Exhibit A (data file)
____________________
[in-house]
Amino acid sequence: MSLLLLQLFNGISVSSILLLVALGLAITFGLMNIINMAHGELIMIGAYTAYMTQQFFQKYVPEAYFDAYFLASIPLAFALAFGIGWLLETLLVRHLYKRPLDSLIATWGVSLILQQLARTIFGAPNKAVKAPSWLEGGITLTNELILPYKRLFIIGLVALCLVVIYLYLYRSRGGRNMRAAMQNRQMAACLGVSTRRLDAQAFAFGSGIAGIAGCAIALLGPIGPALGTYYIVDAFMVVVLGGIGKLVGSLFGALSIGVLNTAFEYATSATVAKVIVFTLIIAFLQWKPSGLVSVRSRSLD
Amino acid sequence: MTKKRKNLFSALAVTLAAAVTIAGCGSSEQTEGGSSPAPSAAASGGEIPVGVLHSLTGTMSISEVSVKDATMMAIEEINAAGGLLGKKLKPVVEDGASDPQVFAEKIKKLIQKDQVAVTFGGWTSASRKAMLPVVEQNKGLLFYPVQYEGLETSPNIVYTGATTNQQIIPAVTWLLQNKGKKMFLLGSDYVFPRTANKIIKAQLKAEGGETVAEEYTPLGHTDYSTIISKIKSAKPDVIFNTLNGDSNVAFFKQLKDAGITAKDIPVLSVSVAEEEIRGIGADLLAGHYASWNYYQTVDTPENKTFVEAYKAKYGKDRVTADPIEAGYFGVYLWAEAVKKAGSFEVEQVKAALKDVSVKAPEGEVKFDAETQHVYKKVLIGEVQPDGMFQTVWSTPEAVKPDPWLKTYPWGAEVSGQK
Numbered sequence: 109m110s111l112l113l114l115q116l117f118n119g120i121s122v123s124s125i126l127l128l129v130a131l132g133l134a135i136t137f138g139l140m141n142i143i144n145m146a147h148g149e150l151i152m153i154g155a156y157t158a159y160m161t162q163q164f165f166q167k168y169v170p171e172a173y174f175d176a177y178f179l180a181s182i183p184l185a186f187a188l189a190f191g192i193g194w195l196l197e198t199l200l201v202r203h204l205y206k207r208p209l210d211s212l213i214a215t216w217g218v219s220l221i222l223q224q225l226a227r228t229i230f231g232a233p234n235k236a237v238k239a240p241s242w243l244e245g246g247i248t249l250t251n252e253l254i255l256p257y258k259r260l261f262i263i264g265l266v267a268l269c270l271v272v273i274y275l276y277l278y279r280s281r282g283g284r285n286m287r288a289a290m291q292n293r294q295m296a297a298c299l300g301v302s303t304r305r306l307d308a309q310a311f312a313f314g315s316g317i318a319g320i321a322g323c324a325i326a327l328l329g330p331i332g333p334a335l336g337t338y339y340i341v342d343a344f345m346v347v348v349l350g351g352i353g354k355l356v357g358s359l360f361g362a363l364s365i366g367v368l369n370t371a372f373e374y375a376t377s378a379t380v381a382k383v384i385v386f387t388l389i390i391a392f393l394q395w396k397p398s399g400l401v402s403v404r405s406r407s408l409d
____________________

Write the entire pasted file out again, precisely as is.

[in-house]
Amino acid sequence: MSLLLLQLFNGISVSSILLLVALGLAITFGLMNIINMAHGELIMIGAYTAYMTQQFFQKYVPEAYFDAYFLASIPLAFALAFGIGWLLETLLVRHLYKRPLDSLIATWGVSLILQQLARTIFGAPNKAVKAPSWLEGGITLTNELILPYKRLFIIGLVALCLVVIYLYLYRSRGGRNMRAAMQNRQMAACLGVSTRRLDAQAFAFGSGIAGIAGCAIALLGPIGPALGTYYIVDAFMVVVLGGIGKLVGSLFGALSIGVLNTAFEYATSATVAKVIVFTLIIAFLQWKPSGLVSVRSRSLD
Amino acid sequence: MTKKRKNLFSALAVTLAAAVTIAGCGSSEQTEGGSSPAPSAAASGGEIPVGVLHSLTGTMSISEVSVKDATMMAIEEINAAGGLLGKKLKPVVEDGASDPQVFAEKIKKLIQKDQVAVTFGGWTSASRKAMLPVVEQNKGLLFYPVQYEGLETSPNIVYTGATTNQQIIPAVTWLLQNKGKKMFLLGSDYVFPRTANKIIKAQLKAEGGETVAEEYTPLGHTDYSTIISKIKSAKPDVIFNTLNGDSNVAFFKQLKDAGITAKDIPVLSVSVAEEEIRGIGADLLAGHYASWNYYQTVDTPENKTFVEAYKAKYGKDRVTADPIEAGYFGVYLWAEAVKKAGSFEVEQVKAALKDVSVKAPEGEVKFDAETQHVYKKVLIGEVQPDGMFQTVWSTPEAVKPDPWLKTYPWGAEVSGQK
Numbered sequence: 109m110s111l112l113l114l115q116l117f118n119g120i121s122v123s124s125i126l127l128l129v130a131l132g133l134a135i136t137f138g139l140m141n142i143i144n145m146a147h148g149e150l151i152m153i154g155a156y157t158a159y160m161t162q163q164f165f166q167k168y169v170p171e172a173y174f175d176a177y178f179l180a181s182i183p184l185a186f187a188l189a190f191g192i193g194w195l196l197e198t199l200l201v202r203h204l205y206k207r208p209l210d211s212l213i214a215t216w217g218v219s220l221i222l223q224q225l226a227r228t229i230f231g232a233p234n235k236a237v238k239a240p241s242w243l244e245g246g247i248t249l250t251n252e253l254i255l256p257y258k259r260l261f262i263i264g265l266v267a268l269c270l271v272v273i274y275l276y277l278y279r280s281r282g283g284r285n286m287r288a289a290m291q292n293r294q295m296a297a298c299l300g301v302s303t304r305r306l307d308a309q310a311f312a313f314g315s316g317i318a319g320i321a322g323c324a325i326a327l328l329g330p331i332g333p334a335l336g337t338y339y340i341v342d343a344f345m346v347v348v349l350g351g352i353g354k355l356v357g358s359l360f361g362a363l364s365i366g367v368l369n370t371a372f373e374y375a376t377s378a379t380v381a382k383v384i385v386f387t388l389i390i391a392f393l394q395w396k397p398s399g400l401v402s403v404r405s406r407s408l409d